So to P for prosperity. Again, I am not saying that our economy will vanish overnight. I am saying that the single market is of enormous advantage to business and to consumers and, short of there being any compelling evidence that we would be better off out, then why on earth would we put that at risk too? And why would we assume, once we are out, that what will be by far the bigger market – 500m people minus us – would want to do a deal that was better for us than for them? This is on a par with Trump’s vain belief that the Mexicans will pay for the wall that, hopefully, he will never be in a position to build.
A vote to stay is a vote for, if not certainty in these uncertain times, much greater security. Not only with access to the single market but with a say over the rules of doing business across Europe. That means more jobs, lower prices, and more financial security for British families.
A vote to leave is a vote for a risk so big it should only be made with at least some sense of certainty that Vote Leave have not been able to provide.
If we stay, we are, Cameron’s reforms not withstanding, largely sticking with the status quo. If we come out we are making several general elections worth of change in there. And yet have the LEAVE side done the equivalent of a manifesto and said what will replace the arrangements we have now?
‘We just don’t know’ is their answer to what replaces the single market arrangements, and at various points different LEAVE campaigners have suggested deals similar to those enjoyed by Canada, Albania, Norway, Switzerland, Iceland, Lichtenstein, Macedonia, Andorra, The Isle of Man, The Channel Islands, Turkey, Australia, South Korea, Ukraine, Moldova, Morocco, Vanuatu, Brunei, Nicaragua, Mexico, Peru, Serbia, Montenegro, Bosnia, or Columbia.
The truth is if we left, the EU would not give us a better deal than they have for themselves. This would harm our economy, lead to a fall in standard of living, billions in spending cuts, which would hit the NHS and other public services. And as Johnson travels Britain with his mobile lie machine, and the straightforward untruths on the side of his bus, it is hypocrisy of stomach churning proportions to see him, Farage and the NHS-hating privatisers who run Vote Leave pretending this is a fight for more money for hospitals.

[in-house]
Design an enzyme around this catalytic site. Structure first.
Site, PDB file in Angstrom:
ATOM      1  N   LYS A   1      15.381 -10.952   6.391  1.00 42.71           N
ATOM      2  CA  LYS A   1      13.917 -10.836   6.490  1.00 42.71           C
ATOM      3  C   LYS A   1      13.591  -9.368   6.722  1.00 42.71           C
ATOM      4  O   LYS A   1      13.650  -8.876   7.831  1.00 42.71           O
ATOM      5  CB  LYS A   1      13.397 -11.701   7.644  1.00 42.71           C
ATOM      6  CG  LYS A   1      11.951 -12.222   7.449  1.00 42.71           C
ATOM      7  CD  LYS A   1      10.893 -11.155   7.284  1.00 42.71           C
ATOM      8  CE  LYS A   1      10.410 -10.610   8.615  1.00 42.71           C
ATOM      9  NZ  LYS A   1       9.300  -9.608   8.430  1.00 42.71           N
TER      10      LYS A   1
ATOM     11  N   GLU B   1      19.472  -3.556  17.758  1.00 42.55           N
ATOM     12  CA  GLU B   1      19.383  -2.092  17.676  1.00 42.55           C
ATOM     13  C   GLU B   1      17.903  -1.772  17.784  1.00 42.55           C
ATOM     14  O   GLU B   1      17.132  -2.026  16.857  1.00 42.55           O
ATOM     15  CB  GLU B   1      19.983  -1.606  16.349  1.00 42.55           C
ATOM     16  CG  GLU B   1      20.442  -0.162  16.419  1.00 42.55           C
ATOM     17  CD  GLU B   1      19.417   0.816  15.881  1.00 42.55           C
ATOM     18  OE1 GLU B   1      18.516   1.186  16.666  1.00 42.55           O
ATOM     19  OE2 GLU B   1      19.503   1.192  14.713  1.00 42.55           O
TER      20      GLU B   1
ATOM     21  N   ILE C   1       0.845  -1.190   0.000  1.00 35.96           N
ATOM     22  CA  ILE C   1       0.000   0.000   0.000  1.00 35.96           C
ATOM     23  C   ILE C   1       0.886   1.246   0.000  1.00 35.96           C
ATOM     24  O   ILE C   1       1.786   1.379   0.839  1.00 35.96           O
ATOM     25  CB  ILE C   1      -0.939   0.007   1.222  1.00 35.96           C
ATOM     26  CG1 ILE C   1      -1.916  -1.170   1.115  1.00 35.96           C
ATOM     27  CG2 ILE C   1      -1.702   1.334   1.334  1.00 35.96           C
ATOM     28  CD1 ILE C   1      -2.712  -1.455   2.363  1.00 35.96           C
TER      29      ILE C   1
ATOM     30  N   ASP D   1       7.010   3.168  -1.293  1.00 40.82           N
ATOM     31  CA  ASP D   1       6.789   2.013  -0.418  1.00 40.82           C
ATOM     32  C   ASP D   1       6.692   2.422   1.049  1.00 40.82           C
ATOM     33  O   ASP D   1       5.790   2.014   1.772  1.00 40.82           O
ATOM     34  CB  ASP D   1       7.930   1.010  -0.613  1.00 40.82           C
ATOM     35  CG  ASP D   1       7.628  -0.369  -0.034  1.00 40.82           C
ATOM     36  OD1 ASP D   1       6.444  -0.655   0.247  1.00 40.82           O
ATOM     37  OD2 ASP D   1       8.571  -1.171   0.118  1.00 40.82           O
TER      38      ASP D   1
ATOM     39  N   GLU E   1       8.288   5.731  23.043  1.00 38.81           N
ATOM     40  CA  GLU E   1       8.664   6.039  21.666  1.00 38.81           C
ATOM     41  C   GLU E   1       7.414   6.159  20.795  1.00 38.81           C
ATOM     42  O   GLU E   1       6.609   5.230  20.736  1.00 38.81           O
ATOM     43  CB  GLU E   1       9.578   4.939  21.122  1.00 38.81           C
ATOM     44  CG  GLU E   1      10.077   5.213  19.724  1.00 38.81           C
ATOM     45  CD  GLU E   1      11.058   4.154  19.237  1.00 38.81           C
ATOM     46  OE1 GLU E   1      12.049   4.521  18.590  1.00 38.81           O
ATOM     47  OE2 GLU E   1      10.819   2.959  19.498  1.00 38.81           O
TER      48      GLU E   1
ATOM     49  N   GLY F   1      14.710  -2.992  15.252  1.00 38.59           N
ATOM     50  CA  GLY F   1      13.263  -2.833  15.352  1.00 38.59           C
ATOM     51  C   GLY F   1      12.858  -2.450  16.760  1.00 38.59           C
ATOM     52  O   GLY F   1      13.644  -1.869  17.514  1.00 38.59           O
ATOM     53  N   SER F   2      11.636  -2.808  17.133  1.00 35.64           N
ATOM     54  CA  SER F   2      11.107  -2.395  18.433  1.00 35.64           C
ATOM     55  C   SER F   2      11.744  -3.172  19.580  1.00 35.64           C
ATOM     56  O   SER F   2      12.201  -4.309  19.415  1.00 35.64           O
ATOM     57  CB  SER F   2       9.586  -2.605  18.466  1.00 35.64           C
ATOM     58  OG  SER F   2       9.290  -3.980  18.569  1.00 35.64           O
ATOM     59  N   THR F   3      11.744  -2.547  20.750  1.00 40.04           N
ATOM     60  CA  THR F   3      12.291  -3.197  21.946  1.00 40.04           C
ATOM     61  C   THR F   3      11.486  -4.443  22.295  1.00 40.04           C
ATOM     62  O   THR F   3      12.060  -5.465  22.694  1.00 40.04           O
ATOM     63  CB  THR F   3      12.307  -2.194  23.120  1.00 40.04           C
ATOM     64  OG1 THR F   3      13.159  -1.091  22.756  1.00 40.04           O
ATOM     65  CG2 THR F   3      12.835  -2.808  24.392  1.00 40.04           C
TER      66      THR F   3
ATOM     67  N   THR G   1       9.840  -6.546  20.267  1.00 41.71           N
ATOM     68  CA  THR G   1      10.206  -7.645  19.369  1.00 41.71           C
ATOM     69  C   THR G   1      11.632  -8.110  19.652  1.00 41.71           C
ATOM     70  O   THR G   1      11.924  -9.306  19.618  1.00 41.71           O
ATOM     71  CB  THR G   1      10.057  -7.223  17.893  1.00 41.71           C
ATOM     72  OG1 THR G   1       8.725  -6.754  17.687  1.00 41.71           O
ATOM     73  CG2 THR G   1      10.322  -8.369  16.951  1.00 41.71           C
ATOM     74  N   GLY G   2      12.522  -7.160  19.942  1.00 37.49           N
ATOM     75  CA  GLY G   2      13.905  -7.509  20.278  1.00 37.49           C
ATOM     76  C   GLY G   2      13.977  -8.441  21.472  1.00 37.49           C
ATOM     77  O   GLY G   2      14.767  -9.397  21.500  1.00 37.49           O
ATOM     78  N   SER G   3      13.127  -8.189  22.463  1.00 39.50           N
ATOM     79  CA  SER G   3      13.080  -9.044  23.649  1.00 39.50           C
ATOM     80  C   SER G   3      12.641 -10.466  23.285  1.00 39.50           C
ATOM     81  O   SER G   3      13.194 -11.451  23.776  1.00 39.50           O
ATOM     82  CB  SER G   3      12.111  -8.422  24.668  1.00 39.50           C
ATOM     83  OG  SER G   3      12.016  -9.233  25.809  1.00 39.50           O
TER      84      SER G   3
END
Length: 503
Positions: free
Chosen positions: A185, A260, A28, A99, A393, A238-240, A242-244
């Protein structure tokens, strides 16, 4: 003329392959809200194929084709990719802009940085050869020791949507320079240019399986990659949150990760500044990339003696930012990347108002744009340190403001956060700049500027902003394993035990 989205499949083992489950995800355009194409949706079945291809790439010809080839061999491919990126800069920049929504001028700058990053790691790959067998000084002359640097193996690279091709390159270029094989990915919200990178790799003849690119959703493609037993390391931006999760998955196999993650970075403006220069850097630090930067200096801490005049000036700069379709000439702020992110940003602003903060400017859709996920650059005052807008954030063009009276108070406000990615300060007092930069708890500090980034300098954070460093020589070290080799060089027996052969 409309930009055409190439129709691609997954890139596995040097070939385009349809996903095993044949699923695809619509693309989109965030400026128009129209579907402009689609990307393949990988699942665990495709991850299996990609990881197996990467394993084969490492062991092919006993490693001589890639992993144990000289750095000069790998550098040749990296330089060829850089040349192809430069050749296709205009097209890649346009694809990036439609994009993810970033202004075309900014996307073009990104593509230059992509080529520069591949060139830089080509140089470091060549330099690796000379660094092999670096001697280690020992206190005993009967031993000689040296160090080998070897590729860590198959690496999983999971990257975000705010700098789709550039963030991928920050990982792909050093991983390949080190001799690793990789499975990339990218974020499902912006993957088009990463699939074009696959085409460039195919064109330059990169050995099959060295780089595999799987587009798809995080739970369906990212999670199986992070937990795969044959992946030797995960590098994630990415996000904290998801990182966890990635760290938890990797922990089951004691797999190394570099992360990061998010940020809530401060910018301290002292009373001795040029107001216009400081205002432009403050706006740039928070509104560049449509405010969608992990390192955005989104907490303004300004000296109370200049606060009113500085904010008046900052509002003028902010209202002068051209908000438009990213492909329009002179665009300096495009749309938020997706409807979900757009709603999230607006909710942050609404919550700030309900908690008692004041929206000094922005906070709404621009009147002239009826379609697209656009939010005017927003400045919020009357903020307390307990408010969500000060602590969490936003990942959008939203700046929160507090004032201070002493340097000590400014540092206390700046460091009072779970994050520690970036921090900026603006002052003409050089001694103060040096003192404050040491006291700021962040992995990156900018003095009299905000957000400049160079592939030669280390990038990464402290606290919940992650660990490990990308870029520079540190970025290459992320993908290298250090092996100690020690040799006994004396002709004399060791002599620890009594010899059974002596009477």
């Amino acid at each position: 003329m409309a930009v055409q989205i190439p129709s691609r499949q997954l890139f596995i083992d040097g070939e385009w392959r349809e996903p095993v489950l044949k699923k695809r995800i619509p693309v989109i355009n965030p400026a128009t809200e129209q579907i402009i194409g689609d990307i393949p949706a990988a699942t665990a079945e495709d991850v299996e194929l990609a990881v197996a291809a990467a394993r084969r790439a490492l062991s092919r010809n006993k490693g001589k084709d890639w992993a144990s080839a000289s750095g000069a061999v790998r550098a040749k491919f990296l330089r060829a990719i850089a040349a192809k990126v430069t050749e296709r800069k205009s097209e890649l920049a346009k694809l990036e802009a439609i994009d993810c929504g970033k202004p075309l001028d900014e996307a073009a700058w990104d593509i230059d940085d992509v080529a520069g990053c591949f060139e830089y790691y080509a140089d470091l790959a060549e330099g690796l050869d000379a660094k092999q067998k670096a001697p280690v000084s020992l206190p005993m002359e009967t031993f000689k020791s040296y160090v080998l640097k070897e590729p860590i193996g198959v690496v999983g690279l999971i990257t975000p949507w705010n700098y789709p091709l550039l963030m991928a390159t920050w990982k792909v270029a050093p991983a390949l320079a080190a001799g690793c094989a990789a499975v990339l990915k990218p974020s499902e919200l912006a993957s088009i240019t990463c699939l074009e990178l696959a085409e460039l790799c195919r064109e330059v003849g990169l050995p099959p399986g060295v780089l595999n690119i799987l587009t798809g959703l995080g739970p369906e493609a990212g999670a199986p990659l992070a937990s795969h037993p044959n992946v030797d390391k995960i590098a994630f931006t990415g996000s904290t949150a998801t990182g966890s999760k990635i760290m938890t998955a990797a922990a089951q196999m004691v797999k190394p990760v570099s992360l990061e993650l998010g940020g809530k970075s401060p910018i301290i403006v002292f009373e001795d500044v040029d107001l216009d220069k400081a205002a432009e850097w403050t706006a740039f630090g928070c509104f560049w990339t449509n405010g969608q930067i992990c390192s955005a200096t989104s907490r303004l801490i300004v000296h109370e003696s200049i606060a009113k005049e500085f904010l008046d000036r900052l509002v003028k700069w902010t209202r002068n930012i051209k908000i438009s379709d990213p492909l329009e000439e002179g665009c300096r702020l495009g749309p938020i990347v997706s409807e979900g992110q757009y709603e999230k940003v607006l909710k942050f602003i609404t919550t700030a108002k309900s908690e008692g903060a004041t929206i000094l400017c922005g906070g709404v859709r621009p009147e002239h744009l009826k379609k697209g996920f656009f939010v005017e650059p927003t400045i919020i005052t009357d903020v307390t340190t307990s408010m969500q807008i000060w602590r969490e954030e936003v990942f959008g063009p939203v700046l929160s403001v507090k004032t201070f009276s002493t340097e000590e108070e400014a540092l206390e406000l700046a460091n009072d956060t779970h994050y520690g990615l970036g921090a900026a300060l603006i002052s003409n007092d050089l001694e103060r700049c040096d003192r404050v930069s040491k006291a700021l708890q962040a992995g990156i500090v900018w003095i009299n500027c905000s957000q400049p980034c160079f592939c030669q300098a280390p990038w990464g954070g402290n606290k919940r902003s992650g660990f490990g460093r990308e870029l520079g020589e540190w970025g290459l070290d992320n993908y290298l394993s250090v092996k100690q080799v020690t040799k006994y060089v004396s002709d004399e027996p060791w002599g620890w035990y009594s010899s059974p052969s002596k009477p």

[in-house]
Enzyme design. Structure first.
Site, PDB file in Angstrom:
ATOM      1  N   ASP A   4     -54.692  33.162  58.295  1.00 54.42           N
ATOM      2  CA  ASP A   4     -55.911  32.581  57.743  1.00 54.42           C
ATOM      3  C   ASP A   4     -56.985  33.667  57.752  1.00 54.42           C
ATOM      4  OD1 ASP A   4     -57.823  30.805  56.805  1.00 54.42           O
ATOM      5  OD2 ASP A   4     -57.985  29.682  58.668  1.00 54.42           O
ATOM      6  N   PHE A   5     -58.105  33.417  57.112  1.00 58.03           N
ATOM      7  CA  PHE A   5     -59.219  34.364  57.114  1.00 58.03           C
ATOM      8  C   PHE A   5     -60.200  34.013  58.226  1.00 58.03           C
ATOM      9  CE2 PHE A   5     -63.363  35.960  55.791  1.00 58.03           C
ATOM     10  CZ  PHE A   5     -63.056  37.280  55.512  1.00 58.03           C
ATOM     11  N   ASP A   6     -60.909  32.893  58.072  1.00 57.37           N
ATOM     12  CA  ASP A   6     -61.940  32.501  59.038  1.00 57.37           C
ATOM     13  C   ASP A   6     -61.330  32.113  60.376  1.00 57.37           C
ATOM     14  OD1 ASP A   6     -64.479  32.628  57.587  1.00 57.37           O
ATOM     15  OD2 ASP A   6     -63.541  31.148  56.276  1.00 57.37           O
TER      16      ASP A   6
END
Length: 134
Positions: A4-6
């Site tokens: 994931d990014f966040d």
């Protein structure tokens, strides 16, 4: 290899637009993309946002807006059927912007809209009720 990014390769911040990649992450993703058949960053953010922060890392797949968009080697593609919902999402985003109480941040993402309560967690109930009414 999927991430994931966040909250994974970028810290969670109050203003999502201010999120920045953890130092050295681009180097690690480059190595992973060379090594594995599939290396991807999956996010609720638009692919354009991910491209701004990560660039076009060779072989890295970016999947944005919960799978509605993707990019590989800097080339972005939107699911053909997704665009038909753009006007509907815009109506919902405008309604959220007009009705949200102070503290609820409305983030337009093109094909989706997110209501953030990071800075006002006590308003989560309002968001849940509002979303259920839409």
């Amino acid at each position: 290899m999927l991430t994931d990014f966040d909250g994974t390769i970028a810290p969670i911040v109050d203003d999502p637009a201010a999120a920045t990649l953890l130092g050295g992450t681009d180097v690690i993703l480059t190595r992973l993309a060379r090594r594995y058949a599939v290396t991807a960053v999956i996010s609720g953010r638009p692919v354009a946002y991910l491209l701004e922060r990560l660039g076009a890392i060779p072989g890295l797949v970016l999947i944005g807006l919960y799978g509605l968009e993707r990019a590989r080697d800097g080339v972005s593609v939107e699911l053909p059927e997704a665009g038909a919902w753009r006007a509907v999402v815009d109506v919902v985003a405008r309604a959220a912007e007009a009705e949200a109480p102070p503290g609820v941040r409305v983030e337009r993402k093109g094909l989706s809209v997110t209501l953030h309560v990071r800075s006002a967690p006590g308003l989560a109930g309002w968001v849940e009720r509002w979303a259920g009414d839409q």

It is also fantasy to say we can leave the EU yet stay inside the single market while delivering on Leave’s pledge to stop freedom of movement. To quote former civil servant Sir Stephen Wall, one of those ‘experts’ LEAVE are so keen to dismiss, who has forgotten more about the EU than most of us will ever know: ‘A vote to leave the EU would be interpreted as, at least in part, a vote against the freedom of movement of people. It is likely therefore that the Government would be obliged to seek terms giving the UK continued open access to the single market while excluding freedom of movement. Such a deal would be unnegotiable’
Again, it’s good to take a look at whose side you’re on in an argument. Now given that a lot of the current dissatisfaction with politics and economics stems from the failings which led to the GFC, and the feeling that those who caused it have carried on as per, and those who didn’t have paid a price, it is not an automatic that great economic voices are as credible as we or they might like. But can they all be wrong? Bank of England, World Bank, OECD, IMF, CBI, IMF, LSE … I could stand here pretty much for the rest of my speech and list the voices who are backing REMAIN. On the other side there is John Longworth of the BCC, and as major employers there are hardly any outside the tax dodgers and foreigners who own most of our national press and make sure the Brexit Lie Machine can tick away nicely.
It is nonsense. A market of 500 million people. Producing and selling one third of the world’s goods and services. Where British businesses do at least 50 per cent of their trade. And we would be out of the decision-making process determining the rules. Can anyone tell me why, if we are out, other European countries will allow Britain to operate like some offshore centre, free from Europe’s responsibilities but participating fully in its opportunities. Even Norway doesn’t get that deal, and with their Sovereign Wealth Fund, they can call a lot of shots.
Firms come to Britain because we offer a gateway to high-income consumers who want high-value goods. Because of the single market. If you really drill down on all the expert economic opinion, it is saying investors will pull out, firms relocate, jobs disappear – because we choose to leave this remarkable free trade area, and deliberately opt for a more restrictive trade relations with the world. So PWC has estimated almost 1m jobs will be lost if we come out of the single market. Every serious organization issues serious warnings and these are waved away as nonsense by Johnson and Farage. They’ll work it out. Those two.
It is not so much a leap in the dark as a dive from a top board into an empty pool, knowing that a catastrophe is likely but saying, oh what the hell, let’s give it a go. That is why, just as passionately as Norman believes the opposite, I believe we should vote to stay in the EU on June 23.